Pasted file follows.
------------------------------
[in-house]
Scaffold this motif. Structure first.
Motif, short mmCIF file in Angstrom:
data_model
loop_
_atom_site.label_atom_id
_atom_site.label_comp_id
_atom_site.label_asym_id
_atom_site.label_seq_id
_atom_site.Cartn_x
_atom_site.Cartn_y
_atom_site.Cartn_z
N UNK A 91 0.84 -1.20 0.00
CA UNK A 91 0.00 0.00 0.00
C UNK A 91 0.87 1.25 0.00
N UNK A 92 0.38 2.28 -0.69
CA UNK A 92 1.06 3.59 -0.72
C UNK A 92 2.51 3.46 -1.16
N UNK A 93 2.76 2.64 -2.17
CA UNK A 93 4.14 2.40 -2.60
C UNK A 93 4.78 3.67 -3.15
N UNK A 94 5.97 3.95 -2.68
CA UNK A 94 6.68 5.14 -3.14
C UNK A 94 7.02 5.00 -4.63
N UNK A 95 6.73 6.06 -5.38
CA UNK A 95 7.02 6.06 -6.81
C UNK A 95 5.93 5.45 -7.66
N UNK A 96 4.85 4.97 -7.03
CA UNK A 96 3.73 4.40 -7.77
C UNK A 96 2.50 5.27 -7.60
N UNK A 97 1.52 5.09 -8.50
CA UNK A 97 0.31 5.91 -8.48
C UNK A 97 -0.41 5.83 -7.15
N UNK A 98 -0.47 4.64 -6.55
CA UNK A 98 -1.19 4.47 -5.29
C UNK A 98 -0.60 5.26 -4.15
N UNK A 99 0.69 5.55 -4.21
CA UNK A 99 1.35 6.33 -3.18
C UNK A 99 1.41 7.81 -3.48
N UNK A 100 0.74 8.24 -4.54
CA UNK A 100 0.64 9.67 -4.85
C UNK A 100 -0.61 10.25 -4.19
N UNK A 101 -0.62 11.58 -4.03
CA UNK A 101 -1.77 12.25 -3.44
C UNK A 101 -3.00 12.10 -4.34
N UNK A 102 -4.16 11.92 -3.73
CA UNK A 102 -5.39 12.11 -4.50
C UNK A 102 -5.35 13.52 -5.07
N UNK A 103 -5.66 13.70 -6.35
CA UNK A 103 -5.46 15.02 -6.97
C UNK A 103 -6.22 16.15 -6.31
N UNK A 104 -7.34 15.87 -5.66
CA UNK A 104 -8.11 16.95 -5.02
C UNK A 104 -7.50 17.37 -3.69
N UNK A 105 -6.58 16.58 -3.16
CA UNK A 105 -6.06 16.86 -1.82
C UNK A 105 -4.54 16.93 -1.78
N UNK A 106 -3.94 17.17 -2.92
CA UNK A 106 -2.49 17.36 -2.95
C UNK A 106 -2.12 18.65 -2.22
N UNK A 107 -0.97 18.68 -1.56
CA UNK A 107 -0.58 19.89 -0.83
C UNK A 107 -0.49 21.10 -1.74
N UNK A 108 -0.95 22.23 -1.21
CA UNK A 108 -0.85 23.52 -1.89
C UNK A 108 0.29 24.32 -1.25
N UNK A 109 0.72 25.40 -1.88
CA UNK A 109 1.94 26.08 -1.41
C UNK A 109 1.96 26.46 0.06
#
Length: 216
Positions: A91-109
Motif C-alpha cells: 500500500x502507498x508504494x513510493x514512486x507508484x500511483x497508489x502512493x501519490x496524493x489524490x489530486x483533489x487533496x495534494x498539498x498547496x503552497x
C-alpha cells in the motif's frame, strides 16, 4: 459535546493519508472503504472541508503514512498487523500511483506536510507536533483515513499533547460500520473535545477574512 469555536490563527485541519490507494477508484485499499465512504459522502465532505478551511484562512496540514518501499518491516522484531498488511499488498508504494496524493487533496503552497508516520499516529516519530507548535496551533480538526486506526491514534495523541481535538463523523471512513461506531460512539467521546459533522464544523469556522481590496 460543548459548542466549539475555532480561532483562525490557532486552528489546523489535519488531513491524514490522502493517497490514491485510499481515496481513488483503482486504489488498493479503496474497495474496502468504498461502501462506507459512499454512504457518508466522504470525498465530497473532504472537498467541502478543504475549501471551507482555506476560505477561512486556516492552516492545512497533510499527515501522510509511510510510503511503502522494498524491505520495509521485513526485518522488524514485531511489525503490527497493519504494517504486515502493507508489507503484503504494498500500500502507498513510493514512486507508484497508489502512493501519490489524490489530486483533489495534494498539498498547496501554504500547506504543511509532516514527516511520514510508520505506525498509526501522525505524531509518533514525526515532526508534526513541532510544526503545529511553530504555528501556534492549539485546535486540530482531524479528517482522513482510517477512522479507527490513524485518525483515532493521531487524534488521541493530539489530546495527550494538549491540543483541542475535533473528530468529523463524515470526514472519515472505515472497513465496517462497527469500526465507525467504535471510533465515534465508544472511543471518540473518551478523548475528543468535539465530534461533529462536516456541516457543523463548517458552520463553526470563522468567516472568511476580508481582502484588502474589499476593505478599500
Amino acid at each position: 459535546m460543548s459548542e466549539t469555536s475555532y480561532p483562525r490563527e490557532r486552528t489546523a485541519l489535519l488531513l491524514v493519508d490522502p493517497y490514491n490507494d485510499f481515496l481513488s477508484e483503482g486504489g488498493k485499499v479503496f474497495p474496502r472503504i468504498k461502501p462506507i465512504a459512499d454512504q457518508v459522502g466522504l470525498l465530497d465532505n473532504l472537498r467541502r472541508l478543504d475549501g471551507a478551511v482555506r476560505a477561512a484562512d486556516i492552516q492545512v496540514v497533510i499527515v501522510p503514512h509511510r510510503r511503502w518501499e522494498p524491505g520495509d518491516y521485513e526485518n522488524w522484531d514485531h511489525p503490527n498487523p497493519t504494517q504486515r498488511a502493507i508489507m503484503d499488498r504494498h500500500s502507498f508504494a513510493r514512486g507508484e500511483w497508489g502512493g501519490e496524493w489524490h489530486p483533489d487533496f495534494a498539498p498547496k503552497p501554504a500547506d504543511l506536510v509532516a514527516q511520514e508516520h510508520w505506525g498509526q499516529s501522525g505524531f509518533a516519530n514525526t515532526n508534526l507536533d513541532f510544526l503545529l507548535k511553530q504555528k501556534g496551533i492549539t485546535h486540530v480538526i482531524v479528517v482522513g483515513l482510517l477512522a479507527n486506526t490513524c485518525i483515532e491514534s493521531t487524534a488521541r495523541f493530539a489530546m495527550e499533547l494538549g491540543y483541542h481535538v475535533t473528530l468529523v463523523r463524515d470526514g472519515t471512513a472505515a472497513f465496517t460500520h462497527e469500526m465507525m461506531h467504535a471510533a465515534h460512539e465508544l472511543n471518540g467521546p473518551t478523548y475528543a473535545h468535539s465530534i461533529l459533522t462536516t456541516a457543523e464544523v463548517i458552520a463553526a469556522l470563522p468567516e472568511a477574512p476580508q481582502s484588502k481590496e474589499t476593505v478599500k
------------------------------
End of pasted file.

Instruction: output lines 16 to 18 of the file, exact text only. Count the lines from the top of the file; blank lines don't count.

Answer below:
N UNK A 92 0.38 2.28 -0.69
CA UNK A 92 1.06 3.59 -0.72
C UNK A 92 2.51 3.46 -1.16